OTTAWA – Canadians now have the right to travel on the Old Continent, but France would like politeness to be returned … eventually.
In an interview with La Presse Canadienne, the French ambassador to Canada, Kareen Rispal, said that the Canadian government was challenged on the issue of opening borders for European nationals.
“We are not asking for immediate reciprocity. Ultimately, we expect countries that can send their nationals to do the same, that is to say that Canada is expected to welcome Europeans in the short or medium term, “said Ms. Rispal .
At the end of June, the European Union announced that it was reopening its borders and the Schengen area to 15 countries whose epidemiological situation linked to COVID-19 was deemed satisfactory. Canada is on this list, but has not yet returned the favor.
In fact, Canada has closed its borders to foreign travelers who are not from the United States until July 31 – except for temporary foreign workers, certain international students and members of the immediate family of Canadians.
Rispal said discussions on easing for EU citizens are still underway and will continue in the coming weeks.
“We are not asking Canada to open its borders to Europeans within 15 days (…) But we hope that there will be a calendar that will allow us to see how Canada can accommodate European nationals”, a- she declared.
Prime Minister Justin Trudeau’s office says that the decisions are “based on science and public health recommendations.”
Global Affairs Canada, for its part, always advises against non-essential travel outside the country until further notice. The department also does not plan to offer other repatriation flights for Canadians stranded abroad.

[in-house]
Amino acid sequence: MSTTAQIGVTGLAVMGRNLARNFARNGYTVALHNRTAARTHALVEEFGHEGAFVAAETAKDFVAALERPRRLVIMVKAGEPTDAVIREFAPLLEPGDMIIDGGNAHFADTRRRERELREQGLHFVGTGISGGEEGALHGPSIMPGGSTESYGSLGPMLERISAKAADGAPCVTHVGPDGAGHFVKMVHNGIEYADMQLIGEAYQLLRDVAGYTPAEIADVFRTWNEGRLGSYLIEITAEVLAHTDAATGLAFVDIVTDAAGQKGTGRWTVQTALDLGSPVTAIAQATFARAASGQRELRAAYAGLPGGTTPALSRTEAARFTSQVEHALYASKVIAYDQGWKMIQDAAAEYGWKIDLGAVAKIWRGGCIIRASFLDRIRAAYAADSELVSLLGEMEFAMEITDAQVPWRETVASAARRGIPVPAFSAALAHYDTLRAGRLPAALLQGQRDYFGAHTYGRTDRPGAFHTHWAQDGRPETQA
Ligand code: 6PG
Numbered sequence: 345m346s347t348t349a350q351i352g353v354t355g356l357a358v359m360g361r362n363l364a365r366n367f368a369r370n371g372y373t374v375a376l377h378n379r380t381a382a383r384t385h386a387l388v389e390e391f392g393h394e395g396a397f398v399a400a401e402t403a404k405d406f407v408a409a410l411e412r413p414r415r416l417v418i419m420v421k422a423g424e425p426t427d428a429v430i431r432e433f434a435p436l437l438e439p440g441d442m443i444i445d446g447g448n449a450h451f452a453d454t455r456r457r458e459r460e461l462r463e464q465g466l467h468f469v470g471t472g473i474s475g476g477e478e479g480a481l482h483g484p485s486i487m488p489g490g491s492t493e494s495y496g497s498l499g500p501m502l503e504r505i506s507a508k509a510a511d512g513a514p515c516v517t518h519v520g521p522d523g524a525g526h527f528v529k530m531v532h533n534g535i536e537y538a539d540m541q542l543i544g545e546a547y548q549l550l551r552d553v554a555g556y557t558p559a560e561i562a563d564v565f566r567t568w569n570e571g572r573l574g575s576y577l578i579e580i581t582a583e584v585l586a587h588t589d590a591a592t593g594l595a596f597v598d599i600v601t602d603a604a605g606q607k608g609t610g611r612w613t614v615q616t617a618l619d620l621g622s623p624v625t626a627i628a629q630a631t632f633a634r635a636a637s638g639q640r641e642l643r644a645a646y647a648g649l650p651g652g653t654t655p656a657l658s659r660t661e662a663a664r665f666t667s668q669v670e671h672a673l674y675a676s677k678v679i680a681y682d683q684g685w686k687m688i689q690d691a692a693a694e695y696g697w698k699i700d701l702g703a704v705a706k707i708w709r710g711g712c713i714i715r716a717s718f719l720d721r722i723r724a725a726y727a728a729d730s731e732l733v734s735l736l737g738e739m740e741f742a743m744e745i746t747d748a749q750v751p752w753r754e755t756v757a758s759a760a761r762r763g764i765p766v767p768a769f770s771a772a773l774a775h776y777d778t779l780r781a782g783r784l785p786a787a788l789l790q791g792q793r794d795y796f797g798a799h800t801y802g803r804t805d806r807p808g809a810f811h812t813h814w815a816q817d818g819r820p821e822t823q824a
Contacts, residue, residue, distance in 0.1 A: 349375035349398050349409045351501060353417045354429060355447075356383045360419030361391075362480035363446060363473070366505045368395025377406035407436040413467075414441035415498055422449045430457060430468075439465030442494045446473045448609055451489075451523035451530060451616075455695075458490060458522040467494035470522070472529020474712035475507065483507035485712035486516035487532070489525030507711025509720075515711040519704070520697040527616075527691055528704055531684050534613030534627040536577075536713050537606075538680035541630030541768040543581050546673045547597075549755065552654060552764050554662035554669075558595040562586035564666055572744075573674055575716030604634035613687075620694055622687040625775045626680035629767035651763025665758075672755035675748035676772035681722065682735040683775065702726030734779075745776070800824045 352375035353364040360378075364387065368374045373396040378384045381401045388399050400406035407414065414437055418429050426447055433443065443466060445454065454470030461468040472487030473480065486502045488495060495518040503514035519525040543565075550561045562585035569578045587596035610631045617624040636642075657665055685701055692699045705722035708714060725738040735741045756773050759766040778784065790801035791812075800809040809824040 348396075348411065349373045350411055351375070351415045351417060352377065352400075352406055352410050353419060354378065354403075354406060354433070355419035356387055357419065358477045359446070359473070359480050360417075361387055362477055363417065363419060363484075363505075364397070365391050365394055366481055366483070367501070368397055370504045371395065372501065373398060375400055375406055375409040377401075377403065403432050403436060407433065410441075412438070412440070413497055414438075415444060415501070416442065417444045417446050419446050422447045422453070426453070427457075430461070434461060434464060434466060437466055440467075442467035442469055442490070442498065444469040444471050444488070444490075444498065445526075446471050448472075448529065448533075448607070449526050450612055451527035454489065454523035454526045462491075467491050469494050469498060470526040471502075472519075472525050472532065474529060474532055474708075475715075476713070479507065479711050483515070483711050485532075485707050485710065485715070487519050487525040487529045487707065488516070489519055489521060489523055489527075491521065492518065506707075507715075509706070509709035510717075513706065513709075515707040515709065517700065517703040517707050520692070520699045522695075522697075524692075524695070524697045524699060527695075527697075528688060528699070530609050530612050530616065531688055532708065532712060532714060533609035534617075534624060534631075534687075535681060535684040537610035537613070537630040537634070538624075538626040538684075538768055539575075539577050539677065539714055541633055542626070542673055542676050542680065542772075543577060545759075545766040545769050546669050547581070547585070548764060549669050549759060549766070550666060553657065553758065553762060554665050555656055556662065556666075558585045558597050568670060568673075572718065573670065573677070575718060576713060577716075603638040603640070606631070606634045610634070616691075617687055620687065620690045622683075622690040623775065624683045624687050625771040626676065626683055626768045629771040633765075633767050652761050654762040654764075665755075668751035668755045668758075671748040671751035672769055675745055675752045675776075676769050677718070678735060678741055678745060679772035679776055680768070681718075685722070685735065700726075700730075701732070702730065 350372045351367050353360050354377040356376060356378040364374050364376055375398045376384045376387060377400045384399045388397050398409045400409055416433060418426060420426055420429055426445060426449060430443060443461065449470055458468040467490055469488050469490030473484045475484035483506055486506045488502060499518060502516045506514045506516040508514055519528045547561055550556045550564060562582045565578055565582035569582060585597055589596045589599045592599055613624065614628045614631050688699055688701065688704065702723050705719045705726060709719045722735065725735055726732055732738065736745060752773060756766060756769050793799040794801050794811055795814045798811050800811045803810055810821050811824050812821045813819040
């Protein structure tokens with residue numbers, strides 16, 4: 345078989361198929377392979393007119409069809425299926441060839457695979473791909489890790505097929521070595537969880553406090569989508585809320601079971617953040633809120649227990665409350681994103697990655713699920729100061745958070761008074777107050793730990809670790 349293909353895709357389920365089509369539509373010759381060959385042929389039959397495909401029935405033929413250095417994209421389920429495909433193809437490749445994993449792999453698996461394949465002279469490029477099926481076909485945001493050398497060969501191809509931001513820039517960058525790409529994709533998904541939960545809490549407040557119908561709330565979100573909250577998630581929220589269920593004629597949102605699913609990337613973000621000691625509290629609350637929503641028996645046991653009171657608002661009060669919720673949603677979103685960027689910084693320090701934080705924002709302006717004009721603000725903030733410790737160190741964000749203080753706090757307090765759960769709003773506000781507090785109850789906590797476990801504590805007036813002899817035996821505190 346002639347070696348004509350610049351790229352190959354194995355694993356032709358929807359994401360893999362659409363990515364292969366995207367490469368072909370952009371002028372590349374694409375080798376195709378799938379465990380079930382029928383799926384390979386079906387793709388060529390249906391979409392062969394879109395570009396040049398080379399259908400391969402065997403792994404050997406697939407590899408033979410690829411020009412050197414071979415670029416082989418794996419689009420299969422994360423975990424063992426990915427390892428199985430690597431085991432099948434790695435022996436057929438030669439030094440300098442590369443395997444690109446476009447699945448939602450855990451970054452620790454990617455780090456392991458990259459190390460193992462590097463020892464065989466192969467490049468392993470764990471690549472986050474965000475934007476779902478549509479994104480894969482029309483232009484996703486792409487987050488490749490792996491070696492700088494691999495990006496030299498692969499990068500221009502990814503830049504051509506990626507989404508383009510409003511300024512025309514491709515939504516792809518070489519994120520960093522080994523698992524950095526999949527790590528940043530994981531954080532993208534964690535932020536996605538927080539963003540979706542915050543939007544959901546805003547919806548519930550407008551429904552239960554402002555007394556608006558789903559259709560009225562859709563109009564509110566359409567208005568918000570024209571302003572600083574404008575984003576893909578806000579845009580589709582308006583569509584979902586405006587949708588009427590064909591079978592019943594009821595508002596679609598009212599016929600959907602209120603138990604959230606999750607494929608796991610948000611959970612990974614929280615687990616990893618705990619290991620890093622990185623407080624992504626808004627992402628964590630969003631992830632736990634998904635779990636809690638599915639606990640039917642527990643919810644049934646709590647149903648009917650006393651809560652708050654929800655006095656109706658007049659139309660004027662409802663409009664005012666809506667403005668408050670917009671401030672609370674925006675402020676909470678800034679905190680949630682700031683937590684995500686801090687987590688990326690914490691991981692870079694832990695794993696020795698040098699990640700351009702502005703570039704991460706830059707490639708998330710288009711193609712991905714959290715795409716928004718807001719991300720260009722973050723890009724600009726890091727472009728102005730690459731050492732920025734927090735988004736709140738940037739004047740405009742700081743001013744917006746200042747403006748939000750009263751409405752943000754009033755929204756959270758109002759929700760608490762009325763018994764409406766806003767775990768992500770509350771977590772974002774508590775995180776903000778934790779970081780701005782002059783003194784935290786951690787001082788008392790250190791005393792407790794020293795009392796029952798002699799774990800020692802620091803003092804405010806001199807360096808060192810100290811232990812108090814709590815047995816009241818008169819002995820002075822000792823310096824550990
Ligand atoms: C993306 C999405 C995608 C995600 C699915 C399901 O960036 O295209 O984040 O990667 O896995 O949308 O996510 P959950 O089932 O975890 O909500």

Defense of multilateralism
The fact remains that the Canada-France friendship goes much further than negotiations surrounding trips to the other side of the Atlantic. The two countries have joined forces to oppose the withdrawal of the United States from the World Health Organization.
“Precisely, I believe that this American disengagement highlighted that, more than ever, France and Canada are the countries which think that ultimately nothing was invented better than a multilateral order based on international rules which would be respected by all, ”says Ms. Rispal.
During the pandemic, two countries notably established the “Alliance for Multilateralism”, which advocates global cooperation and solidarity to fight COVID-19.
“The COVID-19 crisis has shown that, more than ever, we need this international cooperation and I believe that a global epidemic requires a global response,” added the French ambassador.
President Donald Trump finally followed through on threats from his G7 counterparts. He has repeatedly accused the WHO of having been slow to respond to the pandemic and of being too complacent to China.
Green economic recovery
Canada has also followed in the footsteps of France with its programs to help businesses and individuals get through the crisis. And the two have expressed their intention to make the economic recovery an opportunity to help the environment.
For example, the French State has granted loans of seven billion euros to help Air France, on conditions.
French Finance Minister Bruno Le Maire said the airline will have to make efforts to be more profitable, but also to become “the most environmentally friendly on the planet”. “This is the condition to which I am most attached,” he said.
Some members of the Trudeau cabinet, for their part, have quietly started to look into a longer-term economic recovery plan that would help the environment. The Canadian government has yet to release aid for specific multi-billion dollar economic sectors.
Situation of women
“I believe that what the COVID crisis has revealed is that women’s rights, all the advances that have been made in the area of gender equality, are very fragile structures and it is a building that risks being called into question at any time, ”underlines Ms. Rispal.
Not only has domestic violence increased during confinement, but the distribution of tasks at home has been uneven for many women who have had to manage telework and home schooling for children, says the ambassador.
Ms. Rispal is also sorry that the crisis, more generally, has been managed by men both politically and by experts invited to the media to speak about the virus.
Catherine Lévesque, The Canadian Press